Atul Gawande's Being Mortal: Medicine and What Matters in the End | Summary
This is a Summary of Atul Gawande's Being Mortal, where this bestselling author tackles the hardest challenge of his profession: how medicine can not only improve life but also the process of its ending. More
This is a Summary of Atul Gawande's Being Mortal, where this bestselling author tackles the hardest challenge of his profession: how medicine can not only improve life but also the process of its ending
Medicine has triumphed in modern times, transforming birth, injury, and infectious disease from harrowing to manageable. But in the inevitable condition of aging and death, the goals of medicine seem too frequently to run counter to the interest of the human spirit. Nursing homes, preoccupied with safety, pin patients into railed beds and wheelchairs. Hospitals isolate the dying, checking for vital signs long after the goals of cure have become moot. Doctors, committed to extending life, continue to carry out devastating procedures that in the end extend suffering.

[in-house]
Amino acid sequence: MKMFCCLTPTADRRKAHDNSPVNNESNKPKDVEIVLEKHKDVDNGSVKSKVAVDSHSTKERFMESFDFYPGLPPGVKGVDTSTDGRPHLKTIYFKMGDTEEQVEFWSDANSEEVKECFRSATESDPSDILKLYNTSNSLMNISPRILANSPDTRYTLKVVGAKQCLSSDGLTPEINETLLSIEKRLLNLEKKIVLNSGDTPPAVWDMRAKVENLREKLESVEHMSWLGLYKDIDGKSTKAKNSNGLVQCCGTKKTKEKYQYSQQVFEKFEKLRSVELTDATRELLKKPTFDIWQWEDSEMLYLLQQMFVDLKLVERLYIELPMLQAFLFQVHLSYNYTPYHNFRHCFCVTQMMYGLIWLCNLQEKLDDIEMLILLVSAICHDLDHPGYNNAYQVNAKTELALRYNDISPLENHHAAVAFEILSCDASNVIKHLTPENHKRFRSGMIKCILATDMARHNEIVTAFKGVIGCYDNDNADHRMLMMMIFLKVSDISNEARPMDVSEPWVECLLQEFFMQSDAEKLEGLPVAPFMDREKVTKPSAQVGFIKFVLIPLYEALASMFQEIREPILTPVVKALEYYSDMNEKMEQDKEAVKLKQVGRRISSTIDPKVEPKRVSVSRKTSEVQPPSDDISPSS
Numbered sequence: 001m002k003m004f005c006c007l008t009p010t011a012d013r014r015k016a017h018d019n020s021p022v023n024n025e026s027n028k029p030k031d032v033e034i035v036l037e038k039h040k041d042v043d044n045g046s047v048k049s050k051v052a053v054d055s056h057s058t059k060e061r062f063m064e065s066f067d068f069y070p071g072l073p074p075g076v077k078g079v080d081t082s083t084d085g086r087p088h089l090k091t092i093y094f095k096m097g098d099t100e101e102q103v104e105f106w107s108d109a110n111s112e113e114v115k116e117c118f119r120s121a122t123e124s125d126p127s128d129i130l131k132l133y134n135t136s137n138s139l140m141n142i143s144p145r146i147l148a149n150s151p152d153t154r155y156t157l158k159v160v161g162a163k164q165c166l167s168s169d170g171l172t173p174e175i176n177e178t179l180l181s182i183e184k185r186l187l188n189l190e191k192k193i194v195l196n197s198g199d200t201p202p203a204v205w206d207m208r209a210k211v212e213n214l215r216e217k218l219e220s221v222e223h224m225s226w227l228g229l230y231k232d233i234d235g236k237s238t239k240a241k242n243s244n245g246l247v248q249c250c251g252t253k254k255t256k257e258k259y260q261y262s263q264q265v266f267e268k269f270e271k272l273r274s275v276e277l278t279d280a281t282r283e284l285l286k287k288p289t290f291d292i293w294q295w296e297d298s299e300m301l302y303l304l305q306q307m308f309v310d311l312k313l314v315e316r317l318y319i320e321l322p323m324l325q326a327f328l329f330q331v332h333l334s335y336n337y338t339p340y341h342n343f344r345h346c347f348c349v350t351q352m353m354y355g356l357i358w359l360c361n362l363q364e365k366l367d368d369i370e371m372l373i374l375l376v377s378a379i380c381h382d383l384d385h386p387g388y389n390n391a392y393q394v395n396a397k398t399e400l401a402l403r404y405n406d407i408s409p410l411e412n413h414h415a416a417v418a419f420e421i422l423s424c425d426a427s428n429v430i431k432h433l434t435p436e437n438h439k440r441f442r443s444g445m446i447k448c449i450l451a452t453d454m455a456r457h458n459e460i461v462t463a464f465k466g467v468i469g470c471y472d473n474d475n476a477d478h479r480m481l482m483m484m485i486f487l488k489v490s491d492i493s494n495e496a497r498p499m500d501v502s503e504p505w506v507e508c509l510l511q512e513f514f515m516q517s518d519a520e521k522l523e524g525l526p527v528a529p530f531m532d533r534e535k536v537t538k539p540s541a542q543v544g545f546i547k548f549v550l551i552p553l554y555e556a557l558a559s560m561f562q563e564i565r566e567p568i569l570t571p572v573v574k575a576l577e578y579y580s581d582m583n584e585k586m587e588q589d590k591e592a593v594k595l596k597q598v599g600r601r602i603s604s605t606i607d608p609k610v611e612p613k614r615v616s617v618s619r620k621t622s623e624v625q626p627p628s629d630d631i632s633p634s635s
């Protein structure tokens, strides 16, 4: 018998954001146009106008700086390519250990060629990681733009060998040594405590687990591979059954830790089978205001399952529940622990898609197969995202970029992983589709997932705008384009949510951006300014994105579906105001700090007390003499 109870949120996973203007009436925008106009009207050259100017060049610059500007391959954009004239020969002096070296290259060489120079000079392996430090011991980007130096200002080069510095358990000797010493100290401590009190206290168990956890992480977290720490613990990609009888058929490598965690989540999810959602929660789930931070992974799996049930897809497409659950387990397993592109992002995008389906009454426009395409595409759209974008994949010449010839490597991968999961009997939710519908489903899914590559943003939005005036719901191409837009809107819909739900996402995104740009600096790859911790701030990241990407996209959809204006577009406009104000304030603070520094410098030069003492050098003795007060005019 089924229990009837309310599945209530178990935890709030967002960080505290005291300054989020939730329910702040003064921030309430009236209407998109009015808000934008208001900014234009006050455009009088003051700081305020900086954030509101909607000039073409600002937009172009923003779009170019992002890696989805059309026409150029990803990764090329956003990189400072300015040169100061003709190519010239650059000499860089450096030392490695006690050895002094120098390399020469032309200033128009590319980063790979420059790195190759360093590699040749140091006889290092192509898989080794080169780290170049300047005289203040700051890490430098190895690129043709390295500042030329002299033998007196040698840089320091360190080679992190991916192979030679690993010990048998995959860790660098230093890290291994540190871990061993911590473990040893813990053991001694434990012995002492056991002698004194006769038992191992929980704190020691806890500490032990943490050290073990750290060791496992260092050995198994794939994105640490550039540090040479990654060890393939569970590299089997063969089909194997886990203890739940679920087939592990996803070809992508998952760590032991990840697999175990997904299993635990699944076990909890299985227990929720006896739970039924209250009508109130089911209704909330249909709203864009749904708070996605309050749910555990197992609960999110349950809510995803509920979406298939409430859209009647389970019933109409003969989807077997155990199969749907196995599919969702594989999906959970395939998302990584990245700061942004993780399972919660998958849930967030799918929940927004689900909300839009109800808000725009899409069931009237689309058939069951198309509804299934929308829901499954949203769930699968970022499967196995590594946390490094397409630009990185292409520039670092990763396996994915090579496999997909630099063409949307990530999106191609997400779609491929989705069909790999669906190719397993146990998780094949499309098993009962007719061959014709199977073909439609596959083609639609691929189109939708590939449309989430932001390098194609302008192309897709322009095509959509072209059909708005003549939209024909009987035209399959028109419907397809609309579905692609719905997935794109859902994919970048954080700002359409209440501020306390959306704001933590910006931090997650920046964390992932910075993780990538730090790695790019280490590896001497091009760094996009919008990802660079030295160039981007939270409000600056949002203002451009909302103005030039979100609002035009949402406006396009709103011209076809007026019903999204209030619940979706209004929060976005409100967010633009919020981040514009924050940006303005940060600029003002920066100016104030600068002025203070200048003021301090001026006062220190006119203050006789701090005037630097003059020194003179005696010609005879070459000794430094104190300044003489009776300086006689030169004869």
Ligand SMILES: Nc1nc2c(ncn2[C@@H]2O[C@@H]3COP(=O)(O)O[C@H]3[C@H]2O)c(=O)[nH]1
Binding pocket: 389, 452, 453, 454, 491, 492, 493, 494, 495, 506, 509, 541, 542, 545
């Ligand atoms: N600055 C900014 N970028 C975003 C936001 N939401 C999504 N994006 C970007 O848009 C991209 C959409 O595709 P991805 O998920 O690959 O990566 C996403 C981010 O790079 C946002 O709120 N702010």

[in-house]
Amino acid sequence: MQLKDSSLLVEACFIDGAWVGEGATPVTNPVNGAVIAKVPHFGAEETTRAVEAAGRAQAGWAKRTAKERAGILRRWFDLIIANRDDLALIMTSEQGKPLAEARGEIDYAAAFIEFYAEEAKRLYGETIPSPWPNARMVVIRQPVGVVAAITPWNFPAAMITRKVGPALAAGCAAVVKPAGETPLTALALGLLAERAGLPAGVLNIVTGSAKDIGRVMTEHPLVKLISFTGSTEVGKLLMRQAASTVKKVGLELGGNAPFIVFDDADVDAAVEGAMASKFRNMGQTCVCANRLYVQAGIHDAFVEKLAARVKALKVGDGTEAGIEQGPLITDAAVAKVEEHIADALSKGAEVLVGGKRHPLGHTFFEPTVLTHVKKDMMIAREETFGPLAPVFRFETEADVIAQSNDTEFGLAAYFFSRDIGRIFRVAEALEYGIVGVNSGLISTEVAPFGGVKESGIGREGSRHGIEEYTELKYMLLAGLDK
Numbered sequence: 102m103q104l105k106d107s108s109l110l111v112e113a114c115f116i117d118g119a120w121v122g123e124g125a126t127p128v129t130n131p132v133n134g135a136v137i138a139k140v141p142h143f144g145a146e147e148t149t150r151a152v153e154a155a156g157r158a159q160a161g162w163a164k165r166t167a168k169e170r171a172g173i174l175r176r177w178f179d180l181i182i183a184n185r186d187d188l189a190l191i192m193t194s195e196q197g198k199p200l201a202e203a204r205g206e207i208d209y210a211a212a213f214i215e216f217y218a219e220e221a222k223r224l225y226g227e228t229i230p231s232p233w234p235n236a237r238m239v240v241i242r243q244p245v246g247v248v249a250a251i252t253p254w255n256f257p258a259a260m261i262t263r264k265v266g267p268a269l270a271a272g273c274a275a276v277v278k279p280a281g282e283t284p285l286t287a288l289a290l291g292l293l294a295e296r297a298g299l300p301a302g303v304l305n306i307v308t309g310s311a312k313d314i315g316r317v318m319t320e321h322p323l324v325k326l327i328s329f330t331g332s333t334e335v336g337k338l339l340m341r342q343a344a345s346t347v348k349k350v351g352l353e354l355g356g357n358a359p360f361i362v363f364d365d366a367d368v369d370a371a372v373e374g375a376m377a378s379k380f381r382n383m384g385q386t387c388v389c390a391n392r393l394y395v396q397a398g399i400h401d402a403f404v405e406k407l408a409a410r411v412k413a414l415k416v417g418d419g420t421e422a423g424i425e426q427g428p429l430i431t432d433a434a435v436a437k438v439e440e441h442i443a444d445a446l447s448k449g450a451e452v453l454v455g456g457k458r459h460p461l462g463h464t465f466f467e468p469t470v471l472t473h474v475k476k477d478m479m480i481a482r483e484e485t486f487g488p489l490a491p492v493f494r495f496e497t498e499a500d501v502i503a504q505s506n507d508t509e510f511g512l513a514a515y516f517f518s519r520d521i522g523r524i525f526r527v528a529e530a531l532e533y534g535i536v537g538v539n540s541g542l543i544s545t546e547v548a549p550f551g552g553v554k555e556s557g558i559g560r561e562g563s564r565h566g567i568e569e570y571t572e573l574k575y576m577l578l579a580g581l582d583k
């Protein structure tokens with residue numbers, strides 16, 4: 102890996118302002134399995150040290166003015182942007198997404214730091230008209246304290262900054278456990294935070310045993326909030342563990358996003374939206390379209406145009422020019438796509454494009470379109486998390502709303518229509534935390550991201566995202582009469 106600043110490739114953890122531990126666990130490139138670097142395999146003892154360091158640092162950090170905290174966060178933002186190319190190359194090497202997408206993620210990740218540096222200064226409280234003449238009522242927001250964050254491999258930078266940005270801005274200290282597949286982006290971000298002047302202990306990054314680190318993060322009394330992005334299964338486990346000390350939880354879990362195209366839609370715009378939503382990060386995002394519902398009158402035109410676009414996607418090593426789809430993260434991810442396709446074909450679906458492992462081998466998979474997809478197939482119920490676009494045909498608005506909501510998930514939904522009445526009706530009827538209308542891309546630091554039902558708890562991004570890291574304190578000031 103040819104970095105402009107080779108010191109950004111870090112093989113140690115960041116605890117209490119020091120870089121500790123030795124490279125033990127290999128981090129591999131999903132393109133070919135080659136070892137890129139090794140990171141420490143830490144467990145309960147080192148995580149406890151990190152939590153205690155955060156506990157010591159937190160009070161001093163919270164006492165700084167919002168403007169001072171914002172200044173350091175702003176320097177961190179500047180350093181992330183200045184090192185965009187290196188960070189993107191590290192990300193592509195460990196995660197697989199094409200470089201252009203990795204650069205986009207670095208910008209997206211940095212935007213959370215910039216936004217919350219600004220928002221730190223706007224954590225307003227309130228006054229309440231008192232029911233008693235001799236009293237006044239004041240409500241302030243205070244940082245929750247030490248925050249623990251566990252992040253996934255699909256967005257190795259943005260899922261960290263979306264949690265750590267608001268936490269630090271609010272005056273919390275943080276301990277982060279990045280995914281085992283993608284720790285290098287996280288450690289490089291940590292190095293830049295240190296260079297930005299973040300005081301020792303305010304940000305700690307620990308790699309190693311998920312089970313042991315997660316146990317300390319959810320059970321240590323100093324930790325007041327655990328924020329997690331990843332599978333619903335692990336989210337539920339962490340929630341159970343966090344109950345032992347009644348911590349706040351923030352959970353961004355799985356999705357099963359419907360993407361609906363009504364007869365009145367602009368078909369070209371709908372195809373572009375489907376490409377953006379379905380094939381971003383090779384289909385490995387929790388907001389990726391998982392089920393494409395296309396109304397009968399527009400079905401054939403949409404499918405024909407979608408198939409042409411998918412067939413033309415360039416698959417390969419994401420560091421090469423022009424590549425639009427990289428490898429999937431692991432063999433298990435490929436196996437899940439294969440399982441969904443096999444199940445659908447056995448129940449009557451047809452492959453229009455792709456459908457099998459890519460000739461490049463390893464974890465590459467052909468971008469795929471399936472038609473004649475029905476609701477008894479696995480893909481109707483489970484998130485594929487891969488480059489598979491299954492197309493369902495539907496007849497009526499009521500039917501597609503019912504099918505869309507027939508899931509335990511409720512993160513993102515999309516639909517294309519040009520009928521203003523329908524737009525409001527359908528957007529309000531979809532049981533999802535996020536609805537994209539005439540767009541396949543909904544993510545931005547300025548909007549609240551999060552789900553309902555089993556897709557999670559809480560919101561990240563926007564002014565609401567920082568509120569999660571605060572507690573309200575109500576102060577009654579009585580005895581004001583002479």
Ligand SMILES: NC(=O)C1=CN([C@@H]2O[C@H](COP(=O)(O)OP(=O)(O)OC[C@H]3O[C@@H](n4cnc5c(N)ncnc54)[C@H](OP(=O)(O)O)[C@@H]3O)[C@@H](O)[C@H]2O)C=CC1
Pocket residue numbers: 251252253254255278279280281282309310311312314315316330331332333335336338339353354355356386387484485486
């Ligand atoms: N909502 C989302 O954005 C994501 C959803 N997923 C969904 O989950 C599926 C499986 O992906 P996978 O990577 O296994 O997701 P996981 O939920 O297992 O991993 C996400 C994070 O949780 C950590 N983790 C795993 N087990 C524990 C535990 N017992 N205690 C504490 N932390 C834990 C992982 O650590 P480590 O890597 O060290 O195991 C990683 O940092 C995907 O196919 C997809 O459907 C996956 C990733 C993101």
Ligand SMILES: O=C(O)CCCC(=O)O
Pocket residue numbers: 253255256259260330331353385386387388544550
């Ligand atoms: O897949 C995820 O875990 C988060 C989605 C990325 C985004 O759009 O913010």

Gawande, a practicing surgeon, addresses his profession's ultimate limitation, arguing that quality of life is the desired goal for patients and families. Gawande offers examples of freer, more socially fulfilling models for assisting the infirm and dependent elderly, and he explores the varieties of hospice care to demonstrate that a person's last weeks or months may be rich and dignified.
Full of eye-opening research and riveting storytelling, Being Mortal asserts that medicine can comfort and enhance our experience even to the end, providing not only a good life but also a good end.
Available in a variety of formats, this summary is aimed for those who want to capture the gist of the book but don't have the current time to devour all 304 pages. You get the main summary along with all of the benefits and lessons the actual book has to offer. This summary is not intended to be used without reference to the original book.
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